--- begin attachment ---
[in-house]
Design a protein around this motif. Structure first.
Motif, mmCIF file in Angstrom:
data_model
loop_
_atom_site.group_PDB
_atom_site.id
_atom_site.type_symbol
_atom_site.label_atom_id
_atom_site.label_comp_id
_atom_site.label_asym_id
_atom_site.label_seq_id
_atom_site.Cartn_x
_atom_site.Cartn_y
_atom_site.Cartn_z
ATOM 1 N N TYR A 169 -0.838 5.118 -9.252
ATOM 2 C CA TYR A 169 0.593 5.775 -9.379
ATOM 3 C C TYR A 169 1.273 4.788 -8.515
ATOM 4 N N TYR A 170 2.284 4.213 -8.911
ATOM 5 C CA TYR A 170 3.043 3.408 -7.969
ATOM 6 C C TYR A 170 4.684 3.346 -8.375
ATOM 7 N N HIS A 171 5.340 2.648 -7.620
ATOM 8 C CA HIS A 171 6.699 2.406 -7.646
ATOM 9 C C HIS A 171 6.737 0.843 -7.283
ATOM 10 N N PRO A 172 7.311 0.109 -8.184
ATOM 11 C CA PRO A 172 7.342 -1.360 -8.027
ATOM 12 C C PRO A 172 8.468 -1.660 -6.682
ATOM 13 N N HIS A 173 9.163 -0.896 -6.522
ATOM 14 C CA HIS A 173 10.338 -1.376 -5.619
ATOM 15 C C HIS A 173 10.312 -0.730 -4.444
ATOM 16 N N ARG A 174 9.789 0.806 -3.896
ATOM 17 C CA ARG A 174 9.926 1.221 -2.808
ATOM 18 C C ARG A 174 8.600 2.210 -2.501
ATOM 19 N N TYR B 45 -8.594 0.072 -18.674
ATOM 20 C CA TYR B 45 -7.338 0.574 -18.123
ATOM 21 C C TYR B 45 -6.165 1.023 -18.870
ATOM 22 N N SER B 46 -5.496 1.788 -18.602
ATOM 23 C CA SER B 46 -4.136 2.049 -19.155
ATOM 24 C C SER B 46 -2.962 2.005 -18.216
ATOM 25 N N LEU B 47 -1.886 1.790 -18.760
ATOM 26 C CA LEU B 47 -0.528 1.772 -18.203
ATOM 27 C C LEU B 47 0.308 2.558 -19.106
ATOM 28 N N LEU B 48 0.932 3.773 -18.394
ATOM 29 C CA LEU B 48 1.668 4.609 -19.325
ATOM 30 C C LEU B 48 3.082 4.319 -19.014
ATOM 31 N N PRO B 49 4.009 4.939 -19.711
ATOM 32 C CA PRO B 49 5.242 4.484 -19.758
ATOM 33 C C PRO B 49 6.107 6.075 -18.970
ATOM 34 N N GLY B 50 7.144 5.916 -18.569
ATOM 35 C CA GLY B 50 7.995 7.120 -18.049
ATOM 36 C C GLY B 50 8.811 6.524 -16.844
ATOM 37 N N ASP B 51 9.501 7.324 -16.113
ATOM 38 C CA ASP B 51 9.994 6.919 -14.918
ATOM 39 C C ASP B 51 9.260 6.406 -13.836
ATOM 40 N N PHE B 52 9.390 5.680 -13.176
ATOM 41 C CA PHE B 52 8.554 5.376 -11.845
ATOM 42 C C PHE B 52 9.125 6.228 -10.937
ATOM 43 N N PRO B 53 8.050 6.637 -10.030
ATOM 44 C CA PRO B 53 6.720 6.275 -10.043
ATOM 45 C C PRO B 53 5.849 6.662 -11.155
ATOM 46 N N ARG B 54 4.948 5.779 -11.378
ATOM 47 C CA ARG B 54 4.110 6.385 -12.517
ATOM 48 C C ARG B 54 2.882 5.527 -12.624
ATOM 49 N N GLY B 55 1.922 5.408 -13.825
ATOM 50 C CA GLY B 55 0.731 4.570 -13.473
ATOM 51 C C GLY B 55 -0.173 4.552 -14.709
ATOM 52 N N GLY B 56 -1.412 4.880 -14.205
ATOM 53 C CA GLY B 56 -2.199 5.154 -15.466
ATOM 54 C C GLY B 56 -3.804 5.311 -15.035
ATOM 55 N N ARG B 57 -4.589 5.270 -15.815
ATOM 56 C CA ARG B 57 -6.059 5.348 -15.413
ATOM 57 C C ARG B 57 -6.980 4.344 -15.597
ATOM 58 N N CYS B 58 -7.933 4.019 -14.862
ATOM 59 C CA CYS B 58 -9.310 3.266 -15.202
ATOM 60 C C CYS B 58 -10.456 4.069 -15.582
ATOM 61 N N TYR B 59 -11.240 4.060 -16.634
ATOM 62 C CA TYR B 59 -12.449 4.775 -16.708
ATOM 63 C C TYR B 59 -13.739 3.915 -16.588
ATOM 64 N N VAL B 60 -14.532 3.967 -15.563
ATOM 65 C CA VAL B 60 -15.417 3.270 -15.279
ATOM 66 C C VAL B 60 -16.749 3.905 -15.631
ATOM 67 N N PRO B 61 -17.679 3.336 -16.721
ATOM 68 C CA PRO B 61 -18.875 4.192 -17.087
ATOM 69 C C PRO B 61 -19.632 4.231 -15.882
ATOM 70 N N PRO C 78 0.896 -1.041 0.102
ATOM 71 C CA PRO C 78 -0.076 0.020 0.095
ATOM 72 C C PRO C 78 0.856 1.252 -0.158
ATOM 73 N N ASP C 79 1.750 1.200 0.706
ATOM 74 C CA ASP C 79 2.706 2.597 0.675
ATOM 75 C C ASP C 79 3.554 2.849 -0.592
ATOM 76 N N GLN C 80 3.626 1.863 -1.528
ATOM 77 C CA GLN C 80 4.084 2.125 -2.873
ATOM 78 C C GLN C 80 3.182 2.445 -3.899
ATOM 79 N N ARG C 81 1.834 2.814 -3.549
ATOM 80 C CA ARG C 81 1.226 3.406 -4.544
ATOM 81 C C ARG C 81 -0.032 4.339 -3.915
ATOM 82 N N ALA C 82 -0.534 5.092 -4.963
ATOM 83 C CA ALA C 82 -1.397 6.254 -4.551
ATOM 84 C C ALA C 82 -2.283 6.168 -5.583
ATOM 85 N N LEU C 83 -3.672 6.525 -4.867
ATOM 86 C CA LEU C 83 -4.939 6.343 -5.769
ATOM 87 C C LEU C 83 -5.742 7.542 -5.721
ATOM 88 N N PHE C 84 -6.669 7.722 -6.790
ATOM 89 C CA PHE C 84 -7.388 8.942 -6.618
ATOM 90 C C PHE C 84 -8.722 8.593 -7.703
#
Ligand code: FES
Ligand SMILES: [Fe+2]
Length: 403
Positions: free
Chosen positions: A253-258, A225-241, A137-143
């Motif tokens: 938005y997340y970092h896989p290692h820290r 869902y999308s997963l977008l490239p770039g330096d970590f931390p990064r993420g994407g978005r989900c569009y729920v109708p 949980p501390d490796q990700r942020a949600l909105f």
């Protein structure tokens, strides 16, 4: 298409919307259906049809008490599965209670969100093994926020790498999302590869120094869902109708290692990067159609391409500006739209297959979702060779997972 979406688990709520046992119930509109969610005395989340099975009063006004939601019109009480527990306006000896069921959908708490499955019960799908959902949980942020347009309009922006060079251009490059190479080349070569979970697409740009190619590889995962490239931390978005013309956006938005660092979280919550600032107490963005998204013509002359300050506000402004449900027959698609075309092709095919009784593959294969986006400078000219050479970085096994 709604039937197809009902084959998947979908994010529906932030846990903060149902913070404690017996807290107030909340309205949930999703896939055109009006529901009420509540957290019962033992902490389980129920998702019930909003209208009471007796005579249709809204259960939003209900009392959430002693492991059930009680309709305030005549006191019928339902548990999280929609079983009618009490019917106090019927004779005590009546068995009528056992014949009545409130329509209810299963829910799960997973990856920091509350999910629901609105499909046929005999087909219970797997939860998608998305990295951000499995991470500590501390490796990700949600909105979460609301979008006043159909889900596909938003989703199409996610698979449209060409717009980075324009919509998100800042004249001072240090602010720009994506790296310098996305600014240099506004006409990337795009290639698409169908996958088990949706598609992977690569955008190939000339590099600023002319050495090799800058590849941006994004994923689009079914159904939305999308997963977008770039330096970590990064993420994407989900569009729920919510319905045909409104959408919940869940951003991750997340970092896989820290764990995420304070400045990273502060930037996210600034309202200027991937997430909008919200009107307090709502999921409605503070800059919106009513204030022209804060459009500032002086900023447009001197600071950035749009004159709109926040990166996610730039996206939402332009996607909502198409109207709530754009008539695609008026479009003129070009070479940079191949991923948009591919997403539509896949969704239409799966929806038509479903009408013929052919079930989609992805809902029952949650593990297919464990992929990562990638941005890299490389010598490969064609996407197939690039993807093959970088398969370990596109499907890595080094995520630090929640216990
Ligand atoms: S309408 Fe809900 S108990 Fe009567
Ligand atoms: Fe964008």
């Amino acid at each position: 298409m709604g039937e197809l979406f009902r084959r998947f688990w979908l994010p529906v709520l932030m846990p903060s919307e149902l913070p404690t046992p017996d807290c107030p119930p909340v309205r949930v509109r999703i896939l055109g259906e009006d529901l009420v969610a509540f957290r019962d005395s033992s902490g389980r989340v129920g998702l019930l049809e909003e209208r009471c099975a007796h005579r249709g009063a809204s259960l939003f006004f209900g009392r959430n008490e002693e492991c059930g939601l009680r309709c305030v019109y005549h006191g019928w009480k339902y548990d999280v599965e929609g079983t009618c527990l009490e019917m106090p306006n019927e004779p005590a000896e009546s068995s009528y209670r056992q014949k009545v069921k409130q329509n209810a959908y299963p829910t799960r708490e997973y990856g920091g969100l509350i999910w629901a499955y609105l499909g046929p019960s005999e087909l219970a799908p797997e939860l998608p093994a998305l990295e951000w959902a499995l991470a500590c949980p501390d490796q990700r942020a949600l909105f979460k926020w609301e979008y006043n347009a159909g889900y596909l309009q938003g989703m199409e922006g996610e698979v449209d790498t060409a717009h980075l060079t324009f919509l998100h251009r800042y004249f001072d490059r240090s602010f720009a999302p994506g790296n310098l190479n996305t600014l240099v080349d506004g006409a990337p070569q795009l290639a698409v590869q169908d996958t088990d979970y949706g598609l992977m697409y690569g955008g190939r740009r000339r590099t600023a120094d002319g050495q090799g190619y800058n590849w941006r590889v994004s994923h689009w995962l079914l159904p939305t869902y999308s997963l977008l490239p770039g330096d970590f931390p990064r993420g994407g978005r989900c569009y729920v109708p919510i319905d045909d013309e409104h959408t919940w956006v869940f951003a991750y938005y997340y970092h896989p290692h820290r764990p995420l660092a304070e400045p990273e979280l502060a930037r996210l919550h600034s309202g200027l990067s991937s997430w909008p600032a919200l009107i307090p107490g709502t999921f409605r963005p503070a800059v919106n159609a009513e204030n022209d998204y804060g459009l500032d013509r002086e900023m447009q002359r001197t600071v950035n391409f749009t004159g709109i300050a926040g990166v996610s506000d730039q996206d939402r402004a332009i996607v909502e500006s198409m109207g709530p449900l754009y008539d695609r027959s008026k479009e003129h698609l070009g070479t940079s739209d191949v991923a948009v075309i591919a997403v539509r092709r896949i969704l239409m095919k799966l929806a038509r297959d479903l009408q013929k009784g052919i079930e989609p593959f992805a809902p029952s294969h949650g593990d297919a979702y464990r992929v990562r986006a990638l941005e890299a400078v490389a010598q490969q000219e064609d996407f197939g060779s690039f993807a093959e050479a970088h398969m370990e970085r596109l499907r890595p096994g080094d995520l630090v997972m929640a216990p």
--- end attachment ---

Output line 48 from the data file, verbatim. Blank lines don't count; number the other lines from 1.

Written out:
ATOM 33 C C PRO B 49 6.107 6.075 -18.970